Chester reminds us to speak the truth to ourselves and “hold every thought captive.” He quotes the famous preacher Martyn Lloyd-Jones who said, “Have you realized that most of your unhappiness in life is due to the fact that you are listening to yourself instead of talking to yourself.” We should constantly remind ourselves of the truth (which sets us free).

He gives us four life changing truths that we must consistently preach to ourselves:

  1. God is great – so we do not have to be in control.
  2. God is glorious – so we do not have to fear others.
  3. God is good – so we do not have to look elsewhere.
  4. God is gracious – so we do not have to prove ourselves.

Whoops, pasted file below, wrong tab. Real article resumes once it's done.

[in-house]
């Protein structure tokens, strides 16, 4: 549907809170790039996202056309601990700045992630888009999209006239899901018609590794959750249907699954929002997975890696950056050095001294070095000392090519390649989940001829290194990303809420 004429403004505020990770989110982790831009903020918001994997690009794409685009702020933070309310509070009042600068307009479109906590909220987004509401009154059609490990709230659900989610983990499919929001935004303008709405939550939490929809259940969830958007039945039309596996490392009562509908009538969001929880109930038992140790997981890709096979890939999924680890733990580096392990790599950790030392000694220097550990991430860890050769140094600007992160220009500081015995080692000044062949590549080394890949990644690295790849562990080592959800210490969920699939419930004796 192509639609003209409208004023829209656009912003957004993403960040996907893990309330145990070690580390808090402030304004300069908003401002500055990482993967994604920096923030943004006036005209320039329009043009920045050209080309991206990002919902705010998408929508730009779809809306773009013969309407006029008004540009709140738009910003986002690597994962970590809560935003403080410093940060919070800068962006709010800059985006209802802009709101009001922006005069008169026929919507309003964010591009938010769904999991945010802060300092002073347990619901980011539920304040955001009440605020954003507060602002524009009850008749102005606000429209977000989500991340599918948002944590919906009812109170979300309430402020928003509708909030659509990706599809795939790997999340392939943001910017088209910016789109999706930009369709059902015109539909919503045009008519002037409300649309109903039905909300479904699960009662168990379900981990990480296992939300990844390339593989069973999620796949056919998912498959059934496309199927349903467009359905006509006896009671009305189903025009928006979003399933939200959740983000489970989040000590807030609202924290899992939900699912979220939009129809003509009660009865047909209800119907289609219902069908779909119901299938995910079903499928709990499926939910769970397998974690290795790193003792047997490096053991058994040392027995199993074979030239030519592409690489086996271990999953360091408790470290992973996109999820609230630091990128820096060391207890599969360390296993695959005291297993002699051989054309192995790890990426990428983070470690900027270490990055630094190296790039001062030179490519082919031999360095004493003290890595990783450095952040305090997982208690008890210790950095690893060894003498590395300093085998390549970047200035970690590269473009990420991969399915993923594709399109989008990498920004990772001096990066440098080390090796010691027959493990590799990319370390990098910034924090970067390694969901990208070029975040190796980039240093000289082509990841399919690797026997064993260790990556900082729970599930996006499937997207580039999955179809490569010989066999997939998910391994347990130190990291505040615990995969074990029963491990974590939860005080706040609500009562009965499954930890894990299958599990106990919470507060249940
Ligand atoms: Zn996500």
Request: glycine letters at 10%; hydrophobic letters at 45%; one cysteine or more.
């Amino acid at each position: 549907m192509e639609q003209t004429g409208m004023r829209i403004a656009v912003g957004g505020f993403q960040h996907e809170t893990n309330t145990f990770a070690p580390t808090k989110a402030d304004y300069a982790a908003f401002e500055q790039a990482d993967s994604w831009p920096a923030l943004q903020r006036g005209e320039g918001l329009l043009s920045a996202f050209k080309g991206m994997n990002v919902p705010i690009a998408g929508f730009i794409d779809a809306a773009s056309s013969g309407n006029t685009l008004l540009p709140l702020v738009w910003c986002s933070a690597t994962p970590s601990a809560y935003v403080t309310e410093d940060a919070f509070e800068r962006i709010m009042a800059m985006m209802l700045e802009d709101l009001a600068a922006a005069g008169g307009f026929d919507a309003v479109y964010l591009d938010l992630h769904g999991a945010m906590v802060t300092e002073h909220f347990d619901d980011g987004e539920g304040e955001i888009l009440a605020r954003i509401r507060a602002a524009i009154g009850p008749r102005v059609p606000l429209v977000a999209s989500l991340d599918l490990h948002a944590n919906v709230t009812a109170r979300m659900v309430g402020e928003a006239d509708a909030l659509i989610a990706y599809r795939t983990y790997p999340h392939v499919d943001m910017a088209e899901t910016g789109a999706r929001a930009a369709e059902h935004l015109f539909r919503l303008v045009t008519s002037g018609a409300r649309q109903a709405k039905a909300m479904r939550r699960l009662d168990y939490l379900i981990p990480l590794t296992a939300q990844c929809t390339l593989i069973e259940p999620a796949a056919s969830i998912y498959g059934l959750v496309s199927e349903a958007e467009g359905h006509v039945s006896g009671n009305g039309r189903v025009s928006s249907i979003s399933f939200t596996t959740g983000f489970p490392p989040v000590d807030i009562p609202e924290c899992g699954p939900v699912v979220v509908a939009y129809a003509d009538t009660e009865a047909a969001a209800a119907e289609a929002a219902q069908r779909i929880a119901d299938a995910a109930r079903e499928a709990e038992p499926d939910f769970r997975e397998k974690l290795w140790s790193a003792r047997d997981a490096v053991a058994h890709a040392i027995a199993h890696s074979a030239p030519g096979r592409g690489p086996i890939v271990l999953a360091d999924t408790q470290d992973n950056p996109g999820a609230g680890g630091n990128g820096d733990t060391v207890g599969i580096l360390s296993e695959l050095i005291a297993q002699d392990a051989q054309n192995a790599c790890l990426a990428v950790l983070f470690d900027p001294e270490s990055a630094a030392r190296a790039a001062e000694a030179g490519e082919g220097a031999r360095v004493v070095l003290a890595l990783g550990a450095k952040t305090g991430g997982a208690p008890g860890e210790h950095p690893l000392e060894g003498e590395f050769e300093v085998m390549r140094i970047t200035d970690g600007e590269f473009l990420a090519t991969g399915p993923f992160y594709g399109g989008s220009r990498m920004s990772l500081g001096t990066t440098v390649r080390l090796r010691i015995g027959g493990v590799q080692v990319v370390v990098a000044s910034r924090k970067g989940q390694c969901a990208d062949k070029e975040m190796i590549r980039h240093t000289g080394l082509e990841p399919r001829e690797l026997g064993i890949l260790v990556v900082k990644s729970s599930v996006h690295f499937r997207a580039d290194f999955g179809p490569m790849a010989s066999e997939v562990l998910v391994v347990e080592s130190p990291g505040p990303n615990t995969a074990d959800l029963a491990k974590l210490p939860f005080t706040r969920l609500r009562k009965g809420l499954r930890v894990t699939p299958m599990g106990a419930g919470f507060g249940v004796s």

Chester points out that “the number-one reason why people don’t change is pride, closely followed by hating the consequences of sin but actually still loving the sin itself.”  “Often we don’t change because we don’t really want to.” He states, “we avoid responsibility for our sin by minimizing it.” Yet, “true repentance grieves over sin, it never minimizes it.”

He goes on to write, “give up – give up on yourself. Repent of your self-reliance and self-confidence. Your second step is to rejoice in God’s grace – his grace to forgive and his grace to transform.”  This is so counter to our culture of  self-esteem and self-help and it’s a refreshing reminder that our hope and joy is in the Lord and not our ability.

So, what do you need to change? Are there areas of sin and pride that God is uprooting in your life? “What truths do you need to turn to?”